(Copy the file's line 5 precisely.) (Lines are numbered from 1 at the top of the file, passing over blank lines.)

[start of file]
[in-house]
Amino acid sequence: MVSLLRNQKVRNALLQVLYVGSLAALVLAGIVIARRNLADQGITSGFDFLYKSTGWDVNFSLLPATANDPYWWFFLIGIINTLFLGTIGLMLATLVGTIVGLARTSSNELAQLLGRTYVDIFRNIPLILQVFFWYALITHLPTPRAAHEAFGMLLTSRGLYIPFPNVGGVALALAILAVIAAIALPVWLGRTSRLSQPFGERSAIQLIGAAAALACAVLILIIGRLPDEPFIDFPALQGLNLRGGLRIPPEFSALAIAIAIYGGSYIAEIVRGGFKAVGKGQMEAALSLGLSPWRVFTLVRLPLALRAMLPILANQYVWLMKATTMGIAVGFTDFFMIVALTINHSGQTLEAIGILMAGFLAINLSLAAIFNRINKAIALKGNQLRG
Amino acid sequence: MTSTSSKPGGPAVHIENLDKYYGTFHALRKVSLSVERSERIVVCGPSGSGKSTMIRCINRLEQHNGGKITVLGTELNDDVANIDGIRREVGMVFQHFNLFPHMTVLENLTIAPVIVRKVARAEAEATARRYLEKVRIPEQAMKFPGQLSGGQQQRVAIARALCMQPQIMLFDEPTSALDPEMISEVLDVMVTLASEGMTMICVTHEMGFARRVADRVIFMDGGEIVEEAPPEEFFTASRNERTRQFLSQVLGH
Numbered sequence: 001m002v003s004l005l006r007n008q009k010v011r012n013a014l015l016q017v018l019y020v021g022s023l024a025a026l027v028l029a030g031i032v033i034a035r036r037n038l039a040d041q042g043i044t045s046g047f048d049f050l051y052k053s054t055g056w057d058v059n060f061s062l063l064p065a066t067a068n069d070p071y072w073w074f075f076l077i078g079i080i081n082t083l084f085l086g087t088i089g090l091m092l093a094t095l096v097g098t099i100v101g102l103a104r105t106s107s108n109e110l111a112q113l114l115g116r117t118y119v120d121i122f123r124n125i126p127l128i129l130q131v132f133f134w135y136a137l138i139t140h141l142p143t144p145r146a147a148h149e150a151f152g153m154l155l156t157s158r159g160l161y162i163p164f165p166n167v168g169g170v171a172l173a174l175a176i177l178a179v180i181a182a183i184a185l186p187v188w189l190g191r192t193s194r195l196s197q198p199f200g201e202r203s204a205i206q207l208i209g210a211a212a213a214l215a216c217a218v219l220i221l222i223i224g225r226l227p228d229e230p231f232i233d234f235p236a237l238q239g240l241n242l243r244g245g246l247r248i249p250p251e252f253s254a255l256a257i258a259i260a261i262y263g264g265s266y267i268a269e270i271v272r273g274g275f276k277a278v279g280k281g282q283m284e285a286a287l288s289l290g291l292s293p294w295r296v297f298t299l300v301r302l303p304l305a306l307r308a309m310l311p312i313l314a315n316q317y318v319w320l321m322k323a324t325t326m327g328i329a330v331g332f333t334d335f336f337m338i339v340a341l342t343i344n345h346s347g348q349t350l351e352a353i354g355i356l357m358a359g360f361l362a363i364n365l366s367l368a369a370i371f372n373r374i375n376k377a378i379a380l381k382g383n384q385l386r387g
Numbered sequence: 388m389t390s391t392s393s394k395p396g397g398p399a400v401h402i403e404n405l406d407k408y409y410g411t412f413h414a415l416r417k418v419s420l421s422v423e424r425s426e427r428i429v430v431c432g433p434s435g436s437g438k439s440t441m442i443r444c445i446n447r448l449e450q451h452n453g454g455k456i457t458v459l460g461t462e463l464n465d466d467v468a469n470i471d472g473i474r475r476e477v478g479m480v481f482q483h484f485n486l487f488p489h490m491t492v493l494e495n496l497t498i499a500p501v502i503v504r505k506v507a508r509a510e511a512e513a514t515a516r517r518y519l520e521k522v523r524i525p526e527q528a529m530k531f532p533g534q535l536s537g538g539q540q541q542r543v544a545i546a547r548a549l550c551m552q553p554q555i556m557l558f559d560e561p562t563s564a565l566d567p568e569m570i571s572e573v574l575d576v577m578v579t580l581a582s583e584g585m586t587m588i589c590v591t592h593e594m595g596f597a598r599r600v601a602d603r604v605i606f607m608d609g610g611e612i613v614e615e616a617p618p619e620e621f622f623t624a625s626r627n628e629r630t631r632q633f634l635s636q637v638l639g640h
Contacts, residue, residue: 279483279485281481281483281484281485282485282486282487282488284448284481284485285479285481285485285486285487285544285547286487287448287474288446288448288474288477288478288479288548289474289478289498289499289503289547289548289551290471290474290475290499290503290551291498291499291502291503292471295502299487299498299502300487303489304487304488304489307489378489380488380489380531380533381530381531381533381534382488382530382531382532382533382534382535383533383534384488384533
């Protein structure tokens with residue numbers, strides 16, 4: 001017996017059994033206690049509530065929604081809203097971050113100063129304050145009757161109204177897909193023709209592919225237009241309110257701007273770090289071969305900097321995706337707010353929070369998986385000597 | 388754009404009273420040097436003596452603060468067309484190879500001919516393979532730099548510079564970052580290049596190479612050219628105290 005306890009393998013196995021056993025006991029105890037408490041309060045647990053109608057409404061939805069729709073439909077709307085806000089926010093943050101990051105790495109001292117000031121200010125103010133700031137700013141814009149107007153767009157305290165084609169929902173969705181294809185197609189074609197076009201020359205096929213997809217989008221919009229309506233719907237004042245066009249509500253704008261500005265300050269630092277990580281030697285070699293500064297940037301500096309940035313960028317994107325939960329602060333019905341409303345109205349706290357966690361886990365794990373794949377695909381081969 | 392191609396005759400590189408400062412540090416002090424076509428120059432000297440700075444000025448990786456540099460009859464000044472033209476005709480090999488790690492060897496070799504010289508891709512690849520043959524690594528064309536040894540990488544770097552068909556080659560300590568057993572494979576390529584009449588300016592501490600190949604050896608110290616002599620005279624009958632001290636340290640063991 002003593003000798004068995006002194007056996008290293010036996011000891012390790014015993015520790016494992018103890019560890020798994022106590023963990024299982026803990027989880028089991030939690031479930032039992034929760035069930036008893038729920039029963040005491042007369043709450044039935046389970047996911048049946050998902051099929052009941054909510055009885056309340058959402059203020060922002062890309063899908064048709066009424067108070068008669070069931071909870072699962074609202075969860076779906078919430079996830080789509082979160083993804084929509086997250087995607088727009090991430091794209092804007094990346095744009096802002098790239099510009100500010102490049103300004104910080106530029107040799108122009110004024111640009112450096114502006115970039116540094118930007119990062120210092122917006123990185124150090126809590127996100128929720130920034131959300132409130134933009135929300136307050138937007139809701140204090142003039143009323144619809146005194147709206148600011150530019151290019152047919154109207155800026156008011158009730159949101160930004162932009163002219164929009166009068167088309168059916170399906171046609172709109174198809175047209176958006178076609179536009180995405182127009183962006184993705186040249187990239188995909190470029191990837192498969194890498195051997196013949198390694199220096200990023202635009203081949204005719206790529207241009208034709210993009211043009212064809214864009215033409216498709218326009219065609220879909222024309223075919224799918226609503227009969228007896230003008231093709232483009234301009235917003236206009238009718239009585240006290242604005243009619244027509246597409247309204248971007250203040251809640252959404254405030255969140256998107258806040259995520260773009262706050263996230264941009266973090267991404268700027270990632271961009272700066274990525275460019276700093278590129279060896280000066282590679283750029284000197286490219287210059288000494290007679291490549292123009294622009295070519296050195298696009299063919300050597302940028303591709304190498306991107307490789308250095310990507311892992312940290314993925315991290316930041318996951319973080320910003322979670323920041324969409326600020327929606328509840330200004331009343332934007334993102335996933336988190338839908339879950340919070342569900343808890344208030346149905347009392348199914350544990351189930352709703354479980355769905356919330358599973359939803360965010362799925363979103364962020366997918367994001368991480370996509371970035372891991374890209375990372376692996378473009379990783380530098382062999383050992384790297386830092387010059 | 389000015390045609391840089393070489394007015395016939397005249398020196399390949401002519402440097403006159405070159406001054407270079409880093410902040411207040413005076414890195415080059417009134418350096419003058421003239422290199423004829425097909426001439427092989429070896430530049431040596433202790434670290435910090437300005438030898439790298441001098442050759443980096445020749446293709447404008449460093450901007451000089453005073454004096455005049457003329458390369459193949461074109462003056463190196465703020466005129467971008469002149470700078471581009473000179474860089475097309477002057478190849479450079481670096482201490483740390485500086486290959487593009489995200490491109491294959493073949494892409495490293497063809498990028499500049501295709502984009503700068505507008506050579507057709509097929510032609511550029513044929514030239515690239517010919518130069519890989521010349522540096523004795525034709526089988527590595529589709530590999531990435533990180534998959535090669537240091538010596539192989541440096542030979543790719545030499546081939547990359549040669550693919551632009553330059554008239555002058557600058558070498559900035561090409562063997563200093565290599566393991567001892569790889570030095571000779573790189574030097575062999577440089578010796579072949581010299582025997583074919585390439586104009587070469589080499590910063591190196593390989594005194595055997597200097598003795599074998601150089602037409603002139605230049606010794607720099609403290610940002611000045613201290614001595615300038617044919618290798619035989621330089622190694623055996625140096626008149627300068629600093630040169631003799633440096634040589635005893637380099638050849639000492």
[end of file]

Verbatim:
Numbered sequence: 388m389t390s391t392s393s394k395p396g397g398p399a400v401h402i403e404n405l406d407k408y409y410g411t412f413h414a415l416r417k418v419s420l421s422v423e424r425s426e427r428i429v430v431c432g433p434s435g436s437g438k439s440t441m442i443r444c445i446n447r448l449e450q451h452n453g454g455k456i457t458v459l460g461t462e463l464n465d466d467v468a469n470i471d472g473i474r475r476e477v478g479m480v481f482q483h484f485n486l487f488p489h490m491t492v493l494e495n496l497t498i499a500p501v502i503v504r505k506v507a508r509a510e511a512e513a514t515a516r517r518y519l520e521k522v523r524i525p526e527q528a529m530k531f532p533g534q535l536s537g538g539q540q541q542r543v544a545i546a547r548a549l550c551m552q553p554q555i556m557l558f559d560e561p562t563s564a565l566d567p568e569m570i571s572e573v574l575d576v577m578v579t580l581a582s583e584g585m586t587m588i589c590v591t592h593e594m595g596f597a598r599r600v601a602d603r604v605i606f607m608d609g610g611e612i613v614e615e616a617p618p619e620e621f622f623t624a625s626r627n628e629r630t631r632q633f634l635s636q637v638l639g640h